Dominic (T. 02-790-7558), a swanky steakhouse near Hangangjin Station, has floor-to-ceiling back windows overlooking the rooftops of Hannam-dong. While the view won’t take your breath away, it is pleasant, and the sumptuous steak dishes are recommended by local food bloggers.

The Terrace (1F) 더 테라스

fyi
T. 02-799-8166
http://seoul.grand.hyatt.kr
go
Hangangjin Station 한강진역 (Line 6),
Exit 1

→ The Terrace (Grand Hyatt Hotel), photographed by Ryu Seunghoo

Samcheong-dong brings visual pleasure from its quaint hanoks and rooftops

International dining spot Romanee Conti (T. 02-722-1633) in Samcheong-dong is hanok heaven, set slightly further back up the hill in a rustic, comfortable setting with floor seating. Try to nab the best seat at the window to eat dishes such as coq au vin with a view of Mt. Bukhansan’s peak.
Baedongbaji (T. 02-777-9696), a well-priced hansik, home-style restaurant, is tucked away in the alleyways leading up from the main Samcheong-dong drag and can be difficult to find. When you do finally locate the beautifully traditional restaurant, you will be utterly charmed by its quaint interior, peaceful atmosphere, and friendly owner. To consume with a perfectly framed tableau of Mt. Bukhansan, ask for one of the two upstairs rooms that face the mountain.
The Restaurant (T. 02-735-8441), located next to Kukje Gallery, is more costly at up to KRW 148,000 for a 12-course Korean banquet, but has a beautiful, modern interior with a large window overlooking a portion of the outer wall of Gyeongbokgung Palace.
For outdoor eating, Café Breezin (T. 02-722-8120), a desert and coffee shop serving the usual waffles and honey bread, possesses a lovely open rooftop with a street and mountain view. The superlative panorama in the local area, unfortunately, does not serve dinner.
Go for post-supper drinks at wine and coffee bar Fatum’s outdoor terrace (T. 02-739-9888). Set higher than other shops in the area, Fatum provides a 180-degree panoramic view encompassing the older architecture in the vicinity of Samcheong-dong and some of the higher parts of Gyeongbokgung Palace, all the way down to Seoul’s modern skyscrapers. It can get a little chilly on the balcony due to the height, but blankets are provided, and customers can always move to an indoor, lower floor, where the views are still exquisite—especially if you manage to catch a particularly stunning sunset.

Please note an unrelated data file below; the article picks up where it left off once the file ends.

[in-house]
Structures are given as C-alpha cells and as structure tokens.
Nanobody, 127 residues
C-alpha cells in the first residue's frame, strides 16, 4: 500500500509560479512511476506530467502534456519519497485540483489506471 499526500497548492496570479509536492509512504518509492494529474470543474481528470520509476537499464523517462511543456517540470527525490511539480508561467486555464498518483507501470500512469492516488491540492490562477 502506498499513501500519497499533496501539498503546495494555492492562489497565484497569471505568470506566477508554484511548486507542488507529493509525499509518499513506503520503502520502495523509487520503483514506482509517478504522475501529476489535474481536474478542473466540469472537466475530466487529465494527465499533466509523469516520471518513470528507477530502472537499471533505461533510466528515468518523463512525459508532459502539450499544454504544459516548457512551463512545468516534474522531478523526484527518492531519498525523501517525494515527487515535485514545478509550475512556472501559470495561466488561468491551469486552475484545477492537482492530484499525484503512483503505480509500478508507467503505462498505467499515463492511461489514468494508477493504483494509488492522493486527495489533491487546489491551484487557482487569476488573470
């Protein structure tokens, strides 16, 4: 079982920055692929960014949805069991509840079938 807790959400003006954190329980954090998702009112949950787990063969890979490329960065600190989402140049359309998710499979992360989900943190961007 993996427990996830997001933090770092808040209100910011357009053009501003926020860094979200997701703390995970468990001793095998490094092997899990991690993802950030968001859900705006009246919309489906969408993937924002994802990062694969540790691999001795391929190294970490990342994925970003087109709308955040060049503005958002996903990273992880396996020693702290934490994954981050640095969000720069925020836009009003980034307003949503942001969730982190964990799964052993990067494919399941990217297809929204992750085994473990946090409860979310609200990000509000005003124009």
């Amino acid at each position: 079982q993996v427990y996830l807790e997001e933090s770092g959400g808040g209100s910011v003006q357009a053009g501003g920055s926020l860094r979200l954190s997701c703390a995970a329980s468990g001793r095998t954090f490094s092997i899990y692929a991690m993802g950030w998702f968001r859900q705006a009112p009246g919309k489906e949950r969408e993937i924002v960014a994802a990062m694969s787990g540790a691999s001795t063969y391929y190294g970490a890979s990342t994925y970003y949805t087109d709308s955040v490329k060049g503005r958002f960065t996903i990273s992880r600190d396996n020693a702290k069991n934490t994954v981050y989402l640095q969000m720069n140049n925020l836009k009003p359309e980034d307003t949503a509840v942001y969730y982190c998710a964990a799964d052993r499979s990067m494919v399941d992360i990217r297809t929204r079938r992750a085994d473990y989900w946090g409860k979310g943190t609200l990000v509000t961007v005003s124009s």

Fatum 파튬

fyi
T. 02-739-9888
go
Anguk Station 안국역 (Line 3), Exit 1

→ Fatum, photographed by Ryu Seunghoo

Stylish, scenic eating in Gangnam is a pictorial treat

One of the best views in the Gangnam area is from the 52nd floor of the COEX’s InterContinental Hotel at the sumptuously decorated Marco Polo (T. 02-559-7620) Asian and Mediterranean restaurant. The window-facing booths compete with tables at the modern 30th floor Sky Lounge (T. 02-3430-8630) for some of the greatest vistas of Seoul’s illustrious district.
Another local restaurant with a scenic outlook is Arancio (T. 02-3400-7200), a 26th floor Italian brasserie near Yeoksam Station where pasta dishes start at KRW 25,000. The owners of this eatery are said to have spent KRW 20,000,000 on their orange-tinted lighting, deliberately chosen to recreate the natural radiance of Tuscany. While the food at Arancio is not spectacular, it is reasonably priced considering the view is anything but mundane. Make sure to call ahead to reserve seating besides the windows. Seoul’s most glamorous ward also plays host to restaurants with some offbeat views.
Charming Italian brasserie Buona Sera (T. 02-543-6668) and Asian fusion restaurant Zen Hideaway (T. 02-541-1461) both include leafy indoor gardens in the midst of their Apgujeong establishments.
On a sunny day, Korean restaurant Samwon Garden (T. 02-548-3030) is a worthy choice for a relaxing meal in gorgeous surroundings. Eat outdoors in the traditional garden with its waterfall and fishponds while flexing your chopstick skills on some tasty galbi and bulgogi.

Sky Lounge (30F) 스카이 라운지

fyi
T. 02-3430-8630
www.iccoex.com/eng/rest/list.do
go
Samseong Station 삼성역 (Line 2),
Exit 5 or 6

→ Sky Lounge (InterContinental Seoul COEX), photographed by Ryu Seunghoo

The article courtesy ofSEOUL magazine

Date 06/10/2013